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Crowdsourcing 101

First off, kudos to Chevrolet for even trying.  As this Wired article explains, the GM brand was innovative enough to try crowdsourcing as a way of renewing interest in Tahoe SUV.  I realize SUV's tend to be some of the more high-margin vehicles out there, but was this really the best test of the crowdsourcing model?

Despite the state of denial some car manufacturers seem to be in, it's fairly clear that SUV's aren't exactly the most exciting, innovative products out there.  Sure, the price of gas isn't approaching $3 a gallon right now, but it's still not cheap.  Further, according to this FT.com article, and it seems to be a consistent message in other reports, "the SUV market in the U.S. now appears to be in long-term decline."

It seems to me that the best product to feature a crowdsourcing initiative around would be one with the following characteristics: new, sexy, innovative, not widely known about, etc.  I don't think any of these apply to an SUV.  Why wouldn't Chevrolet try this with something more edgy?   Oops.  I forgot.  We're talking about GM.  What hot new vehicles have they produced in the last 10 years?  Anyone?  Anyone?

Bottom line: I think this sort of ad creation technique will become very popular.  It's an inexpensive way for advertisers to encourage and let their customers speak for them.  It's a blow to the ego of any ad executive, but the smart ones will figure out how to make it part of their portfolios.

Comments

jtt

Good points, well made and I have to say I think you've got it. But as the WIRED article pointed out, although the SUV market is shrinking, GM is capturing a bigger share of it thanks in part to the brisk sales of the new Tahoe you mention and its sister the Yukon. You may be right about the SUV market going away and I think that is clear in the mid-size utes such as the Ford Explorer, the Chevy Trailblazer and the Toyota mid-utes that all seem to be struggling for sales. But the big utes that are often purchased for more practical reasons may still have some life left in them. After all, the Chevy Suburban is a vehicle that has been around since the 1930's.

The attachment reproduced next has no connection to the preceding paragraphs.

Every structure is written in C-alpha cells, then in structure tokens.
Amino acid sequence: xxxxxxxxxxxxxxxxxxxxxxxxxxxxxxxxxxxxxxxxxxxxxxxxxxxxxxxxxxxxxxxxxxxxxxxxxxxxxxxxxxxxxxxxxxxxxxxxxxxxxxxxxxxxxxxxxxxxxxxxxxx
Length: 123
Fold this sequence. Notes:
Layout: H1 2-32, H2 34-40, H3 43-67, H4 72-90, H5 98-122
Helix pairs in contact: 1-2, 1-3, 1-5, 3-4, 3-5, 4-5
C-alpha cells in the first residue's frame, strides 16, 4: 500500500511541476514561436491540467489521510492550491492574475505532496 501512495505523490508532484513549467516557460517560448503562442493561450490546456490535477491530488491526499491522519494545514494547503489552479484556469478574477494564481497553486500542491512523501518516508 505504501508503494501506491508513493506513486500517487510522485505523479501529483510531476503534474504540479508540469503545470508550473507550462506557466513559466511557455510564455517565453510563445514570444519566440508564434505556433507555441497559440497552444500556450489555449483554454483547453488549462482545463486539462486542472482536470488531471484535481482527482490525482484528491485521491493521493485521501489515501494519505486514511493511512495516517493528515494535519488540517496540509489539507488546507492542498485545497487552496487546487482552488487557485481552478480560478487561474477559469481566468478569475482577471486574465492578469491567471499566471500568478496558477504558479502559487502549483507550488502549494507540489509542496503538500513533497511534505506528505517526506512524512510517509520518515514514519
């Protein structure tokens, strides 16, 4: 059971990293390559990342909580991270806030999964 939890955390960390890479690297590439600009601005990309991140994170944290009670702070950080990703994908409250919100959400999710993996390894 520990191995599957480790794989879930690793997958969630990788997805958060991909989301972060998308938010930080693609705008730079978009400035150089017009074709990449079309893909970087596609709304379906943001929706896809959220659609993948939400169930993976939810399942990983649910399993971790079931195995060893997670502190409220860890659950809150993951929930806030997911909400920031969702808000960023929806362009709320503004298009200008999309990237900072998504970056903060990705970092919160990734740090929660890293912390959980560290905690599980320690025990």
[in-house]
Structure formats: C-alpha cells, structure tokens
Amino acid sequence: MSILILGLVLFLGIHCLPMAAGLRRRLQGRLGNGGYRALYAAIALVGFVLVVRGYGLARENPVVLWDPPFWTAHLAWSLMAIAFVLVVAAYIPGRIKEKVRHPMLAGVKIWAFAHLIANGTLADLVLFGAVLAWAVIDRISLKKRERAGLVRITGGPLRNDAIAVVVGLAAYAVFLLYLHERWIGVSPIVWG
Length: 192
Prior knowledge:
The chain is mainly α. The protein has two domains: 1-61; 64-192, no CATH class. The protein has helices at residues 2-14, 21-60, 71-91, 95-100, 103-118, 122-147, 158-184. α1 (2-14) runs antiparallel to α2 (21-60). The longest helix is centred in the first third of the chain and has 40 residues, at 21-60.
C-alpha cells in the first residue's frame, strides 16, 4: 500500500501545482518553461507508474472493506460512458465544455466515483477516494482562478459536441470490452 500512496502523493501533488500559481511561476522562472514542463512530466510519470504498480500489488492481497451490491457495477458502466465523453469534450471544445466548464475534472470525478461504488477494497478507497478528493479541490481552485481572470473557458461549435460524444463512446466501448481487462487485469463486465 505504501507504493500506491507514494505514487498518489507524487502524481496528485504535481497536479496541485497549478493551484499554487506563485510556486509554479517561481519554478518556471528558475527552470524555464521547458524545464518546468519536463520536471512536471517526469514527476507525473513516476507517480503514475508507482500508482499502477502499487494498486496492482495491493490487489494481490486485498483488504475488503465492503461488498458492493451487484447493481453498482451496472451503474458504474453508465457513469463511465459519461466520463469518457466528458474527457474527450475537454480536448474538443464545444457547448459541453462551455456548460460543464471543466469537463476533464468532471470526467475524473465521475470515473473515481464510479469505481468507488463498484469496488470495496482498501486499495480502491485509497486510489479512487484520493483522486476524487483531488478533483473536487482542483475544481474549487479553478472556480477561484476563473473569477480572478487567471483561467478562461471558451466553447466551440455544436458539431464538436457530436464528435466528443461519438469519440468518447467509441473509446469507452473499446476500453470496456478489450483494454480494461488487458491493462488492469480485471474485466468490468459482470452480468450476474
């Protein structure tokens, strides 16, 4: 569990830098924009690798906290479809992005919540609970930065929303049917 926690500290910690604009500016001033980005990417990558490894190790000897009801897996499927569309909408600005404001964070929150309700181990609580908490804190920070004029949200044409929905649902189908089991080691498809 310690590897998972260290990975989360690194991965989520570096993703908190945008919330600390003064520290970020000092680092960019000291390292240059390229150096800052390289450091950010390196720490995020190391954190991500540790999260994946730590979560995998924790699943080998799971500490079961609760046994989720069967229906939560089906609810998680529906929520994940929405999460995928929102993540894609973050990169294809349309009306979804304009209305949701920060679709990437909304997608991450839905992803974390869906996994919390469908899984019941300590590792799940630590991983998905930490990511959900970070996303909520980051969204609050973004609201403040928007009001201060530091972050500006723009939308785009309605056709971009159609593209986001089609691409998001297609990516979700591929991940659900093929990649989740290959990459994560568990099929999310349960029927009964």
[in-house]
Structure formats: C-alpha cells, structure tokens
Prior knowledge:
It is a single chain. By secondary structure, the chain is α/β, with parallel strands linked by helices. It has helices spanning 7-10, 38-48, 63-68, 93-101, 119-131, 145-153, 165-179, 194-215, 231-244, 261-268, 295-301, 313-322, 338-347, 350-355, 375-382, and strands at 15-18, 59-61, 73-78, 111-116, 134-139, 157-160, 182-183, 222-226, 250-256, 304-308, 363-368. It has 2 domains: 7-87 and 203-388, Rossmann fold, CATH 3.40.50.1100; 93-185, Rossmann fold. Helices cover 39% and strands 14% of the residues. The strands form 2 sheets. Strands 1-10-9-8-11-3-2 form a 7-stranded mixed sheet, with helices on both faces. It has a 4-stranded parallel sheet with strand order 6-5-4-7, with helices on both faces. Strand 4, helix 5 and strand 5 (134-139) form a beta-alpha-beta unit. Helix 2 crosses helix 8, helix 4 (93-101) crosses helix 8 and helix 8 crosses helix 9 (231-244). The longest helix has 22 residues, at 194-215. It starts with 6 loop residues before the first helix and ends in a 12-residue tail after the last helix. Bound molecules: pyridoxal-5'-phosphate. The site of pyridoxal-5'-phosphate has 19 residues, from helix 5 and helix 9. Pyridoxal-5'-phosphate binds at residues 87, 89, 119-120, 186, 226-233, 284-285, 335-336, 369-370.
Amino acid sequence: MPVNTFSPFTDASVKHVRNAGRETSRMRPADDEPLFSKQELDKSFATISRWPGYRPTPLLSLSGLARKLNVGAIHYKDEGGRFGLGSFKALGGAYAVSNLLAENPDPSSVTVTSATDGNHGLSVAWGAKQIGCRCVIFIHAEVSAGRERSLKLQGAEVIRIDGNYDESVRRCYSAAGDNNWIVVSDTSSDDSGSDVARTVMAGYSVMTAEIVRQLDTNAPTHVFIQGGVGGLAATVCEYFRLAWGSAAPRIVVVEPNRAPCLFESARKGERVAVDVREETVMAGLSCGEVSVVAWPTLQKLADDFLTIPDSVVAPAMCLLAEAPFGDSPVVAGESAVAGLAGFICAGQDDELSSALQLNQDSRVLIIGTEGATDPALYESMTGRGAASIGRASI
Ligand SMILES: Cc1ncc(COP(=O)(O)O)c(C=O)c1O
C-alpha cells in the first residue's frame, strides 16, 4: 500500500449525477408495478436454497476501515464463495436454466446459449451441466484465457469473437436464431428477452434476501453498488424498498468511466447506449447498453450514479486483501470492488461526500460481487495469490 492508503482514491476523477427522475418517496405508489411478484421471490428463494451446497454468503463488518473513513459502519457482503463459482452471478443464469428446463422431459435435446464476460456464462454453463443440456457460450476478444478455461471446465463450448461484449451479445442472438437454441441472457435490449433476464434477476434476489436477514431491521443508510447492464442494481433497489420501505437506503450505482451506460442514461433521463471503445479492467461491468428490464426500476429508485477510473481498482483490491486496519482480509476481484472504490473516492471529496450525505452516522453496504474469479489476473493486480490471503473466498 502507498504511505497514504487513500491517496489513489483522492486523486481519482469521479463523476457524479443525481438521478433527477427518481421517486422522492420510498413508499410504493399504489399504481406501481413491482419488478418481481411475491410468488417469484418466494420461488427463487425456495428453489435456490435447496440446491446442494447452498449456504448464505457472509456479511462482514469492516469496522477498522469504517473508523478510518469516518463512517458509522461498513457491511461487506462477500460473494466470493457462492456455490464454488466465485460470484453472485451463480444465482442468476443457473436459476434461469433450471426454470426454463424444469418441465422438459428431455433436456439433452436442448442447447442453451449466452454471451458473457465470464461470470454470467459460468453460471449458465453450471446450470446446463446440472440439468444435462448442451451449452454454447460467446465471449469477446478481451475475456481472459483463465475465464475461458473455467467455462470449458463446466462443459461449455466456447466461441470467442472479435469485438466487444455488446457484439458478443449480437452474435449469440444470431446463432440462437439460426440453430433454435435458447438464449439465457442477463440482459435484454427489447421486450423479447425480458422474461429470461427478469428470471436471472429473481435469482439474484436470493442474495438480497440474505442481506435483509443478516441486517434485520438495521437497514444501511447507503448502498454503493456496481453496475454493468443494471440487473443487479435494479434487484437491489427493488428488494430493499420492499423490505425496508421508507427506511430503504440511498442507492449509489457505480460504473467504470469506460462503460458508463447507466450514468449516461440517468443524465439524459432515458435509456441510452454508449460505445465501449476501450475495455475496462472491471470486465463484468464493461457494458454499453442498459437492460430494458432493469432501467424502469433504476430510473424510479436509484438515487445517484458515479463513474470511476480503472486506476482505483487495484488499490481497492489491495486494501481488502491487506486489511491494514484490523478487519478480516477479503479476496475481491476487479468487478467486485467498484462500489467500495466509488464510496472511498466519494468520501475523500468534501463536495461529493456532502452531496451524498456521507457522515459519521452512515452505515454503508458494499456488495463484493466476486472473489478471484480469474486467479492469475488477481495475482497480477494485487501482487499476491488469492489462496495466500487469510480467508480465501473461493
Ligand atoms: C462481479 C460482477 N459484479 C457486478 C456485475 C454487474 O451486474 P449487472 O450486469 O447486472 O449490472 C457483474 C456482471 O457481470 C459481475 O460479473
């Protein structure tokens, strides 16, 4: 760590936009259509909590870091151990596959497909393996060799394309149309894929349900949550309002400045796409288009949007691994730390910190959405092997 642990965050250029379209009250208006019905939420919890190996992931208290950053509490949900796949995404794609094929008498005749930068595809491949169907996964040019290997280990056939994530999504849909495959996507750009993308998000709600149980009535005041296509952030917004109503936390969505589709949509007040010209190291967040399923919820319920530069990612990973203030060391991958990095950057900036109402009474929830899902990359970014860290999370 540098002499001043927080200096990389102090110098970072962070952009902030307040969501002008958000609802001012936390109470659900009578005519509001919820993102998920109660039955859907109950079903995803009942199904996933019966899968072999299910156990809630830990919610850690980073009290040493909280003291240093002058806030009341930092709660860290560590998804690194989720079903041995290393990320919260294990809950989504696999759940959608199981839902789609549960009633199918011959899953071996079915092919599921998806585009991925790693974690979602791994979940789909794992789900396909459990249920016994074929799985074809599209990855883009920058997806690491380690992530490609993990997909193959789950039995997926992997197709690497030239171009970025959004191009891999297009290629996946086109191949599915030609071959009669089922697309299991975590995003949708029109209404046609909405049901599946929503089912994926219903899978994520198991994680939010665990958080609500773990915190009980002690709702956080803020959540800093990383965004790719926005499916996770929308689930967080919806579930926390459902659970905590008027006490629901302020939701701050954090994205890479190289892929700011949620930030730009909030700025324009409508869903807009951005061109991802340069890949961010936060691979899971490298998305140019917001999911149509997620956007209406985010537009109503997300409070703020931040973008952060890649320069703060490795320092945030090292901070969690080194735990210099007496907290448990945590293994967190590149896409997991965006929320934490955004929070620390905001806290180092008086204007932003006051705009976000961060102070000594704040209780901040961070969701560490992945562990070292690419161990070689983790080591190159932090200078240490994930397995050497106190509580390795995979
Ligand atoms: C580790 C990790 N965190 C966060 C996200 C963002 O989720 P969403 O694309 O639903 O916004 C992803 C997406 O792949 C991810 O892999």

I do take slight exception on the hot cars produced by GM in the last 10 years. I realize that is a question of personal subjective taste but I need only go back to the beginning of 2006 to point out the Chevy Camaro that won best of show in Detroit (now in design for production) and the Saab Aero-X that won best of show in Geneva. And I assume you were not able to see the Buick Enclave concept at any of the auto shows (to be revealed in LA as a production car today) as by almost any measure (including every review I have read) it is a stunning design with an elegance to the interior that really did make you wonder "was this made by GM?" (or this is a buick? isn't that the car my grandpa drove?). I've driven mostly asian cars my adult life and have liked them but I have to say that starting with the Chevy Tahoe you write about and going forward this year, every car that GM has put out has shown dramatic improvement in design, style and fuel economy and I just have to give credit where credit is due. Somebody is doing something right there because it is starting to show...enough that I think there is clearly some kind of transformation going on inside GM.

Joe Wikert

Thanks for weighing in on this. Yes, I'm highly biased against GM (and Ford, btw). Although GM may have won an award or two in the last few years, I think sales volume is the real measure of success. The press might give out an award but consumers vote with their wallets. Based on all the insane rebates and other giveaways the U.S. automakers have been offering it's clear they're not winning the battle or the war. I'm extremely happy with my two Hondas that are now 3 years old.

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